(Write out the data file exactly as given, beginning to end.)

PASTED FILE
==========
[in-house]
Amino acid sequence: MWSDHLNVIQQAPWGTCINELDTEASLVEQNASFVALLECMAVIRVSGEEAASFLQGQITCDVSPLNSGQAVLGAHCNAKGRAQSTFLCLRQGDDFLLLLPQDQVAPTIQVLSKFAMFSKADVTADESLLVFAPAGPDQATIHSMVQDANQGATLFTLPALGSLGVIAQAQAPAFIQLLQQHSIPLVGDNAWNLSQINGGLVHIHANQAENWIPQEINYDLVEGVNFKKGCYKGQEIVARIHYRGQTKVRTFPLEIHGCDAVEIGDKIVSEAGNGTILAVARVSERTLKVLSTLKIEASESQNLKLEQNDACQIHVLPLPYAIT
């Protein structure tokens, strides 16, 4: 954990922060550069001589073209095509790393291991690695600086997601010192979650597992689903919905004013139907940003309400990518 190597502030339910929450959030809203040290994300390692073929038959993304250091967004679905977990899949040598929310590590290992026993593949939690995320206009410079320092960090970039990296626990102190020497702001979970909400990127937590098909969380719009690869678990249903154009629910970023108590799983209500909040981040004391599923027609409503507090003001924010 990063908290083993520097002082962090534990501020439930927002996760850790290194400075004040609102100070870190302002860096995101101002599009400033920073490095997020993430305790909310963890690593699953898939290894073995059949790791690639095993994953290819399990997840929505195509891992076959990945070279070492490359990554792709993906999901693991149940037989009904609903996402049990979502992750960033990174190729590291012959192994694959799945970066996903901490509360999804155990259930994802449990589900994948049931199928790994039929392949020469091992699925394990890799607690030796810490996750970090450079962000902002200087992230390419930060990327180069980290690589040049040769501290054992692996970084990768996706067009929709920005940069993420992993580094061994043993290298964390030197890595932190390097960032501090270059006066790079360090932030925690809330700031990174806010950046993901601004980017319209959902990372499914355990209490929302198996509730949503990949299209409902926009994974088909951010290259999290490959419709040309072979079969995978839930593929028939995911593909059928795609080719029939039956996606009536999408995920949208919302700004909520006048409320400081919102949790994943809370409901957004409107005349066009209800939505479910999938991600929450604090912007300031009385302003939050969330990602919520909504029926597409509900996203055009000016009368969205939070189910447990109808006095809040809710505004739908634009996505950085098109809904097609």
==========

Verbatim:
[in-house]
Amino acid sequence: MWSDHLNVIQQAPWGTCINELDTEASLVEQNASFVALLECMAVIRVSGEEAASFLQGQITCDVSPLNSGQAVLGAHCNAKGRAQSTFLCLRQGDDFLLLLPQDQVAPTIQVLSKFAMFSKADVTADESLLVFAPAGPDQATIHSMVQDANQGATLFTLPALGSLGVIAQAQAPAFIQLLQQHSIPLVGDNAWNLSQINGGLVHIHANQAENWIPQEINYDLVEGVNFKKGCYKGQEIVARIHYRGQTKVRTFPLEIHGCDAVEIGDKIVSEAGNGTILAVARVSERTLKVLSTLKIEASESQNLKLEQNDACQIHVLPLPYAIT
């Protein structure tokens, strides 16, 4: 954990922060550069001589073209095509790393291991690695600086997601010192979650597992689903919905004013139907940003309400990518 190597502030339910929450959030809203040290994300390692073929038959993304250091967004679905977990899949040598929310590590290992026993593949939690995320206009410079320092960090970039990296626990102190020497702001979970909400990127937590098909969380719009690869678990249903154009629910970023108590799983209500909040981040004391599923027609409503507090003001924010 990063908290083993520097002082962090534990501020439930927002996760850790290194400075004040609102100070870190302002860096995101101002599009400033920073490095997020993430305790909310963890690593699953898939290894073995059949790791690639095993994953290819399990997840929505195509891992076959990945070279070492490359990554792709993906999901693991149940037989009904609903996402049990979502992750960033990174190729590291012959192994694959799945970066996903901490509360999804155990259930994802449990589900994948049931199928790994039929392949020469091992699925394990890799607690030796810490996750970090450079962000902002200087992230390419930060990327180069980290690589040049040769501290054992692996970084990768996706067009929709920005940069993420992993580094061994043993290298964390030197890595932190390097960032501090270059006066790079360090932030925690809330700031990174806010950046993901601004980017319209959902990372499914355990209490929302198996509730949503990949299209409902926009994974088909951010290259999290490959419709040309072979079969995978839930593929028939995911593909059928795609080719029939039956996606009536999408995920949208919302700004909520006048409320400081919102949790994943809370409901957004409107005349066009209800939505479910999938991600929450604090912007300031009385302003939050969330990602919520909504029926597409509900996203055009000016009368969205939070189910447990109808006095809040809710505004739908634009996505950085098109809904097609």